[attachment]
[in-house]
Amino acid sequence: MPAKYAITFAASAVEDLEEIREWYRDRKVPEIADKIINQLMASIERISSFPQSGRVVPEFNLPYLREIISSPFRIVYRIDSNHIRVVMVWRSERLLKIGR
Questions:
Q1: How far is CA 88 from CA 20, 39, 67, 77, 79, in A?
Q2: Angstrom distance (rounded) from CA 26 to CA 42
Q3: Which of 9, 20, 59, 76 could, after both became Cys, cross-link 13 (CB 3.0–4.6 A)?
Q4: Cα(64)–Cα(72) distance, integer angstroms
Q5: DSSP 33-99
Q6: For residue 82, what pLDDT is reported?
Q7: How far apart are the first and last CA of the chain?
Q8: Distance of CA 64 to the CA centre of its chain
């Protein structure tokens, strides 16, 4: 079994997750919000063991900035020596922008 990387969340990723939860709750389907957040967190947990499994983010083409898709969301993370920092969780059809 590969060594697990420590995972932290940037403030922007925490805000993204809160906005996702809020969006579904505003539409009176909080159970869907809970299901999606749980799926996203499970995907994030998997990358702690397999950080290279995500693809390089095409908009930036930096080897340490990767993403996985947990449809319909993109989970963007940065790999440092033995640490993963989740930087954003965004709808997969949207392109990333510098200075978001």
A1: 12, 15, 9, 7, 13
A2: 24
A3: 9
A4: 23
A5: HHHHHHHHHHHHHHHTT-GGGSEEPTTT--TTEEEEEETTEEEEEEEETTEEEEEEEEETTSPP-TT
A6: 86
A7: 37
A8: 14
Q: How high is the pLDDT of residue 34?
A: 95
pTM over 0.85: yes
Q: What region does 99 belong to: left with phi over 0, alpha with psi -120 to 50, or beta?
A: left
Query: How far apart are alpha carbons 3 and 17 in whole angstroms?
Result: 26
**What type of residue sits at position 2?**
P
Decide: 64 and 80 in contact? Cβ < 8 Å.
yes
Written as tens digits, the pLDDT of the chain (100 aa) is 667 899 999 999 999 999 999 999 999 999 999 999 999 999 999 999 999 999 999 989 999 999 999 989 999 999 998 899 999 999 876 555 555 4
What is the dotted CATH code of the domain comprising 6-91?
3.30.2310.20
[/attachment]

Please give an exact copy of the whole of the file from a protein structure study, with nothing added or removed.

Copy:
[in-house]
Amino acid sequence: MPAKYAITFAASAVEDLEEIREWYRDRKVPEIADKIINQLMASIERISSFPQSGRVVPEFNLPYLREIISSPFRIVYRIDSNHIRVVMVWRSERLLKIGR
Questions:
Q1: How far is CA 88 from CA 20, 39, 67, 77, 79, in A?
Q2: Angstrom distance (rounded) from CA 26 to CA 42
Q3: Which of 9, 20, 59, 76 could, after both became Cys, cross-link 13 (CB 3.0–4.6 A)?
Q4: Cα(64)–Cα(72) distance, integer angstroms
Q5: DSSP 33-99
Q6: For residue 82, what pLDDT is reported?
Q7: How far apart are the first and last CA of the chain?
Q8: Distance of CA 64 to the CA centre of its chain
């Protein structure tokens, strides 16, 4: 079994997750919000063991900035020596922008 990387969340990723939860709750389907957040967190947990499994983010083409898709969301993370920092969780059809 590969060594697990420590995972932290940037403030922007925490805000993204809160906005996702809020969006579904505003539409009176909080159970869907809970299901999606749980799926996203499970995907994030998997990358702690397999950080290279995500693809390089095409908009930036930096080897340490990767993403996985947990449809319909993109989970963007940065790999440092033995640490993963989740930087954003965004709808997969949207392109990333510098200075978001």
A1: 12, 15, 9, 7, 13
A2: 24
A3: 9
A4: 23
A5: HHHHHHHHHHHHHHHTT-GGGSEEPTTT--TTEEEEEETTEEEEEEEETTEEEEEEEEETTSPP-TT
A6: 86
A7: 37
A8: 14
Q: How high is the pLDDT of residue 34?
A: 95
pTM over 0.85: yes
Q: What region does 99 belong to: left with phi over 0, alpha with psi -120 to 50, or beta?
A: left
Query: How far apart are alpha carbons 3 and 17 in whole angstroms?
Result: 26
**What type of residue sits at position 2?**
P
Decide: 64 and 80 in contact? Cβ < 8 Å.
yes
Written as tens digits, the pLDDT of the chain (100 aa) is 667 899 999 999 999 999 999 999 999 999 999 999 999 999 999 999 999 999 999 989 999 999 999 989 999 999 998 899 999 999 876 555 555 4
What is the dotted CATH code of the domain comprising 6-91?
3.30.2310.20